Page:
Should ACT/SAT be required for colleges?

Yes,

ACT Inc. recently announced that starting in September 2020, the ACT will begin having section retesting and superscoring. This means that students who have taken a full ACT test will have the opportunity to retest individual sections, so that the lengthy testing time is no longer an issue. The official testing site, act.org said “ACT Section Retesting helps students focus study efforts on individual subjects that are part of the ACT test (English, math, reading, science, or writing) without having to study for the entire test again.”

Conflicts like this bring back the highly debated argument of whether or not colleges should require ACT or SAT scores to be sent when applying. Standardized tests were created to even playing field to highlight a students’ academic abilities. High schools use all sorts of grading scales and almost none of them overlap with each other, meaning that a student getting a B from one high school might be a better fit for a college than a student getting a B from a different part of the country. Admissions officers should not have to worry about judging a student incorrectly because they use a different grading scale than an average school, which is why the SAT and ACT are so important when applying for college.

Having the chance to apply the strategies that are taught in high school with the intention of colleges seeing them is helpful. We spend years in English classes learning how to annotate passages and properly analyze them, so we should get the chance to display what we have learned for admissions officers to see.

Aside from allowing college admissions officers to not solely use grades, scores are used to determine scholarships for students. If standardized tests are edged out, it will be harder to determine who should receive merit based scholarships if they are not given the opportunity to showcase their strengths. “They shouldn’t take away sending ACT to colleges because some people really depend on scholarships that they may not offer if they do not receive additional academic information,” senior Andy Ram said.

Raising and maintaining a GPA is difficult for high schoolers, so submitting another measure of intellect to colleges can boost students’ chances for admission. Additionally, post-graduate education programs including medical school and law school require exams parallel to these in order to be admitted. If students are not exposed to this kind of testing and are not prepared to be examined this way, these tests will be significantly more challenging and students will struggle more in rigorous testing situations. “In the future I plan to take the LSAT for law school and then the BAR exam, so I think this exposure to standardized tests is really helpful for students,” a senior who wished to remain anonymous said.

~ Emily Eichberg
editor-in-chief

No,

Getting into college is definitely the most anxious time or expectation of any high school student. Grades, social service hours, extracurriculars, and effort put into school all shapes you into going to the college that most suits you.

To decrease anxiety, the SAT should no longer be required on college applications. The SAT is used for college admission; it helps colleges easily see where you stand academically, but it is too stressful. SAT books are up to 1000 pages. Junior Thomas F. Adams said, “The test is just useless, I honestly just think it’s a waste of my time, but I’m still forced to study for it.”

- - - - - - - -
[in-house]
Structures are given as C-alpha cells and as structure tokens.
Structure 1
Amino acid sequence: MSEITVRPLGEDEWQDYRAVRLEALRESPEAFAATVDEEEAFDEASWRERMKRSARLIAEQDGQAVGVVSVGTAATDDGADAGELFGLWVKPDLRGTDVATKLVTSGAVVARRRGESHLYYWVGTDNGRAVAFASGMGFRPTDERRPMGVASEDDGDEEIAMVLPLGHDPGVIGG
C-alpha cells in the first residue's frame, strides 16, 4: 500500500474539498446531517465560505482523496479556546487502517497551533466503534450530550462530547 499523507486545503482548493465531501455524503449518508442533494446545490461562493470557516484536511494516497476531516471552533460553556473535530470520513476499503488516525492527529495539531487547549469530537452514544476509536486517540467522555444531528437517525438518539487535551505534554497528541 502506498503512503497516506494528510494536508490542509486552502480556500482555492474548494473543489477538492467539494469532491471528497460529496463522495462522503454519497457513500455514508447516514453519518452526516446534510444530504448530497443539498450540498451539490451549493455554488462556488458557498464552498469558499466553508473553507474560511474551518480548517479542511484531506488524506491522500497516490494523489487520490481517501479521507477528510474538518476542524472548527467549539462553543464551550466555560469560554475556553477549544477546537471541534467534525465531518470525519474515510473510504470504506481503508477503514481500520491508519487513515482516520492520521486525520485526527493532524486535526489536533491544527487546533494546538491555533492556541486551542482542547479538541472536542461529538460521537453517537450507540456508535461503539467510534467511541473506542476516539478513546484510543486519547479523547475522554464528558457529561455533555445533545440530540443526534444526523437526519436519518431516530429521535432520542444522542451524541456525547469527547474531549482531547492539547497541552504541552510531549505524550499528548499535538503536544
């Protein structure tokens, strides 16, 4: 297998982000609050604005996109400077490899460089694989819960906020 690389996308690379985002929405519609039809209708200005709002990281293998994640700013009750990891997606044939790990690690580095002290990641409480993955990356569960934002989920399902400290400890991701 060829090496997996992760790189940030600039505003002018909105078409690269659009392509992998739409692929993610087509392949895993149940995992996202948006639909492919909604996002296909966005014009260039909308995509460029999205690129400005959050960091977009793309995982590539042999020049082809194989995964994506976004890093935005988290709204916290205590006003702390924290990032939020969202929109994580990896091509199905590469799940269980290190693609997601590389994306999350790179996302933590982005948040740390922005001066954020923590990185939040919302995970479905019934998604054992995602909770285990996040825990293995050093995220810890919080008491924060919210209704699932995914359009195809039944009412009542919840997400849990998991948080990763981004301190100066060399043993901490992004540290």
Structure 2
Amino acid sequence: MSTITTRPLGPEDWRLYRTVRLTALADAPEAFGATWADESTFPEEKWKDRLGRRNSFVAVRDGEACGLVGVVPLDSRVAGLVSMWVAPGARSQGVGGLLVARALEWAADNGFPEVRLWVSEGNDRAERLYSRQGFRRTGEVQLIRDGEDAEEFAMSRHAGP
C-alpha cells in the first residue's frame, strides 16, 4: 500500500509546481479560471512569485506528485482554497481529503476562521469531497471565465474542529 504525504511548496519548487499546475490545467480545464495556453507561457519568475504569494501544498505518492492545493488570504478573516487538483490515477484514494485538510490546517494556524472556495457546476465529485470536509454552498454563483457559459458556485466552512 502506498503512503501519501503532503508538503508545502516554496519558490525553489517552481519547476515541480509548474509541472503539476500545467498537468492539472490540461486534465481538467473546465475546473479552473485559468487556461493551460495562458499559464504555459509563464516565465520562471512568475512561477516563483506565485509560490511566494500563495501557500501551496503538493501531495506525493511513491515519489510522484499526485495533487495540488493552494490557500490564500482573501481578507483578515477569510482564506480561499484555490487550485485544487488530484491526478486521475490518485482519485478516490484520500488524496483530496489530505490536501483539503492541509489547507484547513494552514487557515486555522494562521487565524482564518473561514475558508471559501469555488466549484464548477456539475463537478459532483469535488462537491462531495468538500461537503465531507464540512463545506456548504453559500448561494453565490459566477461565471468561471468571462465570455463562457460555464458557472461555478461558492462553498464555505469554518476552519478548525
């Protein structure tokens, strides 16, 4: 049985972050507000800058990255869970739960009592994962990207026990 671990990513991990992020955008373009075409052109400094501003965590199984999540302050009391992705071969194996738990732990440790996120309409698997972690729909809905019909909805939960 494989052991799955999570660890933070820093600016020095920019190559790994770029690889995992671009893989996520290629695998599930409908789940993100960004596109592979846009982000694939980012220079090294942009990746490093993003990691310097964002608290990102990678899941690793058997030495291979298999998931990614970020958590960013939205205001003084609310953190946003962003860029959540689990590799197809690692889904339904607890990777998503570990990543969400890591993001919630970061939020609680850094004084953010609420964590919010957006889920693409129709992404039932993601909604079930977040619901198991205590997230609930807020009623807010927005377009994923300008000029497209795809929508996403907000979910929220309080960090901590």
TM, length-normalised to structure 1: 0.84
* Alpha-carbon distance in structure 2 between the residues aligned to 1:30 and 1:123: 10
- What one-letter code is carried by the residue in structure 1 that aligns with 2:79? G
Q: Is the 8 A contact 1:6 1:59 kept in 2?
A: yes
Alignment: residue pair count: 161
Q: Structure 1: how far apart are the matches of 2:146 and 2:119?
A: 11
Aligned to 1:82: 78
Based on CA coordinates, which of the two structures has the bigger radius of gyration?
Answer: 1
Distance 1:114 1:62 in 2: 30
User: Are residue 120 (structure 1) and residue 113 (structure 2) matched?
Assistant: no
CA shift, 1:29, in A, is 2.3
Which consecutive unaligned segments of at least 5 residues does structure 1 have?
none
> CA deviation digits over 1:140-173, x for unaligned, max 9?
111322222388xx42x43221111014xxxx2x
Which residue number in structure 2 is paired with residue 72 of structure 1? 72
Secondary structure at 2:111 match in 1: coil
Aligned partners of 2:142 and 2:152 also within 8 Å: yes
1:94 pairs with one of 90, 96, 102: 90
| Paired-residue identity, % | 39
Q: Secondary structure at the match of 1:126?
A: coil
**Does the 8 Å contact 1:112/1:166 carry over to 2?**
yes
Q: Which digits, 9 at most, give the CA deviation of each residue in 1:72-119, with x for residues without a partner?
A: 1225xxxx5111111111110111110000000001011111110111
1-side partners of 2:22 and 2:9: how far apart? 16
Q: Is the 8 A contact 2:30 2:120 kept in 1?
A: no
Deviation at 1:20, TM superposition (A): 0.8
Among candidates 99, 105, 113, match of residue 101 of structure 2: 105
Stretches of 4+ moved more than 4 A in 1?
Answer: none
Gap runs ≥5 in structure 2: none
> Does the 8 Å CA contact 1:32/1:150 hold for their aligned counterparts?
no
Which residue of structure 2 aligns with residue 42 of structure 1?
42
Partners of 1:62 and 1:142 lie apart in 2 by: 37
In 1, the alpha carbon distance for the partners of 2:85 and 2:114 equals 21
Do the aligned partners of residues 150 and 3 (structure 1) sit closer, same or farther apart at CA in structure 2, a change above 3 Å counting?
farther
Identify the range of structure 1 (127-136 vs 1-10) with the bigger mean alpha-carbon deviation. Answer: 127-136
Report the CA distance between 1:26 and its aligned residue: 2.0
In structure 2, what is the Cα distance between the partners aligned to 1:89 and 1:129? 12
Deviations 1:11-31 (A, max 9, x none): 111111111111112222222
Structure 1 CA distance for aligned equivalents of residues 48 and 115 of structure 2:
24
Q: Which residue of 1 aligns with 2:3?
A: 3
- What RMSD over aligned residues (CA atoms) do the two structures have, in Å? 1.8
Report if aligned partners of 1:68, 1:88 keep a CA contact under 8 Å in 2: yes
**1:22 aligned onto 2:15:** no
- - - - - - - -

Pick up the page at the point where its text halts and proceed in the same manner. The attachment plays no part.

Students already give effort and dedication into their grades and putting the pressure of the SAT or ACT on top of a student is unnecessary. More and more colleges and universities, up to 150 currently, are slowly deciding to become “test optional,” because they have seen that students can have average grades and only rely on the SAT scores to get them into college.

There are various stories of students or parents, who are in better condition financially, who have paid their way through the SAT and allowing their children to get perfect SAT scores. Schools have reinforced by ID checking and making sure they are a student of the school, but that doesn’t stop students from cheating their way around the test scores.

Removing the SAT would calm down students and loosen up the pressure of studying for the SAT along with their grades. Students would have a more comfortable way of concentrating in school and their outside activities, which then will result in better sleeping habits that most high school students don’t have.

Since the SAT is a timed test, students who have test anxiety have even more trouble taking this three-hour long test. Students have approximately 45 seconds to one minute to answer each question, but not just to answer the question. Schools have worked on removing clocks from rooms to provide students with less of a distraction. Junior Christopher Adams has already taken the SAT. “I was able to answer all the questions, but the timing and just knowing that we don’t have much time is kind of overwhelming,” Adams said.

According to College Transition, the choice of colleges and universities going into a “test optional” admission greatly improved diversity. When schools can’t remove grades, classes, and work loads for students, why not take away tests that universities are slowly seeing as not a requirement?

~ Beatriz Kim
staff writer

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